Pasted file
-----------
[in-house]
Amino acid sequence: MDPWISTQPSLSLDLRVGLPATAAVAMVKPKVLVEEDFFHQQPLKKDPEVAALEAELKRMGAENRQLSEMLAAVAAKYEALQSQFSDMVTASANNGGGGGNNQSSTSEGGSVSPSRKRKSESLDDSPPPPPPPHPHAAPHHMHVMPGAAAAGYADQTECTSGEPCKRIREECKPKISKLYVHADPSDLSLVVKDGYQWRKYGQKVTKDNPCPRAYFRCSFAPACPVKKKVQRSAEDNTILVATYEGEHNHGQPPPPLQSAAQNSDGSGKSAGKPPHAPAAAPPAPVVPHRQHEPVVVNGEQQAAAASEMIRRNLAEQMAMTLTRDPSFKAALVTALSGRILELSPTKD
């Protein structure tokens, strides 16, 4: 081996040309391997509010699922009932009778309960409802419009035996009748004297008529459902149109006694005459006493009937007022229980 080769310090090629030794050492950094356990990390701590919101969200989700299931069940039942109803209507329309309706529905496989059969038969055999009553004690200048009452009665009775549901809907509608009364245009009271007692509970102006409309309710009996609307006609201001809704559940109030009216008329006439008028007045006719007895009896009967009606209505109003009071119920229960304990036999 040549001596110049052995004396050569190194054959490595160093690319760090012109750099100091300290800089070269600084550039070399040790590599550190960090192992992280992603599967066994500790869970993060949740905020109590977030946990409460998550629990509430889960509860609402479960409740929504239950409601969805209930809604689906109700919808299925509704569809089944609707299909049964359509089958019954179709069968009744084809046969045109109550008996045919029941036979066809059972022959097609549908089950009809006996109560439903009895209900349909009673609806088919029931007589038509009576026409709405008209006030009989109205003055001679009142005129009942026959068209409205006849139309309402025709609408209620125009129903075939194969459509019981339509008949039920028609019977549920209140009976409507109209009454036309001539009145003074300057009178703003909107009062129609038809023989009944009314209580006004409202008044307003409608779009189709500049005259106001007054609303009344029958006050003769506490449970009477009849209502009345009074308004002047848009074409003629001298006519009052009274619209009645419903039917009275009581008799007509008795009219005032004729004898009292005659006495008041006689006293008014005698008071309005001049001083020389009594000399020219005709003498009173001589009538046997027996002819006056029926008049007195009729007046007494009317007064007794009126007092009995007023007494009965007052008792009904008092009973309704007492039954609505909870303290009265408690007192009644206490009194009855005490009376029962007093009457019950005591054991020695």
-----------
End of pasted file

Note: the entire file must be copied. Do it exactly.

[in-house]
Amino acid sequence: MDPWISTQPSLSLDLRVGLPATAAVAMVKPKVLVEEDFFHQQPLKKDPEVAALEAELKRMGAENRQLSEMLAAVAAKYEALQSQFSDMVTASANNGGGGGNNQSSTSEGGSVSPSRKRKSESLDDSPPPPPPPHPHAAPHHMHVMPGAAAAGYADQTECTSGEPCKRIREECKPKISKLYVHADPSDLSLVVKDGYQWRKYGQKVTKDNPCPRAYFRCSFAPACPVKKKVQRSAEDNTILVATYEGEHNHGQPPPPLQSAAQNSDGSGKSAGKPPHAPAAAPPAPVVPHRQHEPVVVNGEQQAAAASEMIRRNLAEQMAMTLTRDPSFKAALVTALSGRILELSPTKD
């Protein structure tokens, strides 16, 4: 081996040309391997509010699922009932009778309960409802419009035996009748004297008529459902149109006694005459006493009937007022229980 080769310090090629030794050492950094356990990390701590919101969200989700299931069940039942109803209507329309309706529905496989059969038969055999009553004690200048009452009665009775549901809907509608009364245009009271007692509970102006409309309710009996609307006609201001809704559940109030009216008329006439008028007045006719007895009896009967009606209505109003009071119920229960304990036999 040549001596110049052995004396050569190194054959490595160093690319760090012109750099100091300290800089070269600084550039070399040790590599550190960090192992992280992603599967066994500790869970993060949740905020109590977030946990409460998550629990509430889960509860609402479960409740929504239950409601969805209930809604689906109700919808299925509704569809089944609707299909049964359509089958019954179709069968009744084809046969045109109550008996045919029941036979066809059972022959097609549908089950009809006996109560439903009895209900349909009673609806088919029931007589038509009576026409709405008209006030009989109205003055001679009142005129009942026959068209409205006849139309309402025709609408209620125009129903075939194969459509019981339509008949039920028609019977549920209140009976409507109209009454036309001539009145003074300057009178703003909107009062129609038809023989009944009314209580006004409202008044307003409608779009189709500049005259106001007054609303009344029958006050003769506490449970009477009849209502009345009074308004002047848009074409003629001298006519009052009274619209009645419903039917009275009581008799007509008795009219005032004729004898009292005659006495008041006689006293008014005698008071309005001049001083020389009594000399020219005709003498009173001589009538046997027996002819006056029926008049007195009729007046007494009317007064007794009126007092009995007023007494009965007052008792009904008092009973309704007492039954609505909870303290009265408690007192009644206490009194009855005490009376029962007093009457019950005591054991020695």